John Brown and understanding what stood in the way of the abolition of slavery

One of the books I am currently working through is Frederick Douglass: Prophet of Freedom by David W. Blight. There is a fascinating chapter on John Brown and his friendship with Douglass.

In 1854 Brown wrote to Douglass and sounded like at Old Testament prophet as he railed against the evils of American leaders and their poisoned institutions. Brown was in doubt of the continuing of the American republic and he had no doubt as to what stood in the path to freedom: the proslavery support of political and religious leadership at all levels, even the “marshals, sheriffs, constables, and policemen.”

The setting Brown observed in 1854 still is problematic in today’s situation. It’s not just political opposition. It is religious opposition. It is the silence of religious leaders that is egregious … and violence in its own way.

It is also the way we use policing… and have for a very long time.

Here’s the crux of the issue: I know folks who would gladly point this out historically and simply say, “See? We’ve had problems for a long time.” (It’s a way of being able to use their privilege to stay silent and try to keep their life normal.)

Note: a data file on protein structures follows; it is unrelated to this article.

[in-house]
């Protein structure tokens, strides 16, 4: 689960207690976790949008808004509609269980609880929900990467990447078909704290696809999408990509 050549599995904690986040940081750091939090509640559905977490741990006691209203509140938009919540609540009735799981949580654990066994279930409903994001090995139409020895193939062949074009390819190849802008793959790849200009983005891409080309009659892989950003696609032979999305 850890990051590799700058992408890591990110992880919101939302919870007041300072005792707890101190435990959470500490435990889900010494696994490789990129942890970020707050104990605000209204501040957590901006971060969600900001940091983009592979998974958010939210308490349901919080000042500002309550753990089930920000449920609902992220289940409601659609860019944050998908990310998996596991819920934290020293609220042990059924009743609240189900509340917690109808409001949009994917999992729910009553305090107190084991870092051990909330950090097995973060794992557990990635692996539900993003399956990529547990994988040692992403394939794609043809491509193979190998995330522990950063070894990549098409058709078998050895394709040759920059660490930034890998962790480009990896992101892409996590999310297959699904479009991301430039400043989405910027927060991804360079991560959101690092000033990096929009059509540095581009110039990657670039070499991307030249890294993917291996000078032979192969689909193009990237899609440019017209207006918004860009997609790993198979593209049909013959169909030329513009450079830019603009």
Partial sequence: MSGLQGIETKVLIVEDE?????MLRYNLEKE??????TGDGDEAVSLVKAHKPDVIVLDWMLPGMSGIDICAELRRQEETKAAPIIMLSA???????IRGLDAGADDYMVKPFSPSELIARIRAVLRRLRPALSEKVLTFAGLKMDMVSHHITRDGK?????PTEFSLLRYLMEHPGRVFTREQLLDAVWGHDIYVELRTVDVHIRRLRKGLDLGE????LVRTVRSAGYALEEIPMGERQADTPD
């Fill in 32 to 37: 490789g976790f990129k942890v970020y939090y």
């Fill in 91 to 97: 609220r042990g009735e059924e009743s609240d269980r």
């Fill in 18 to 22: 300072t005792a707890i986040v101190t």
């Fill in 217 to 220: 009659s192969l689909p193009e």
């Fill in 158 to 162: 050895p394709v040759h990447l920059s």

The challenge is to understand these key moments and move forward. It is not to remove religion from the public space, as some would love to do, but for Christians to step up and follow the biblical mandate to do justice.

In the area where I live, there was a discussion with black and white pastors on next steps for our area and one black pastor proposed moving forward with talking to cities about policing policies. A white pastor jumped in and said he would be glad to go with the black pastor. “I want a white face with a black face so the police understand this isn’t just another black man complaining, which can easily be brushed off.” Do justice.

No more silence. No more complicity.

Do justice.

John Brown | Biography, Harpers Ferry, & Pottawatomie Massacre ...
John Brown

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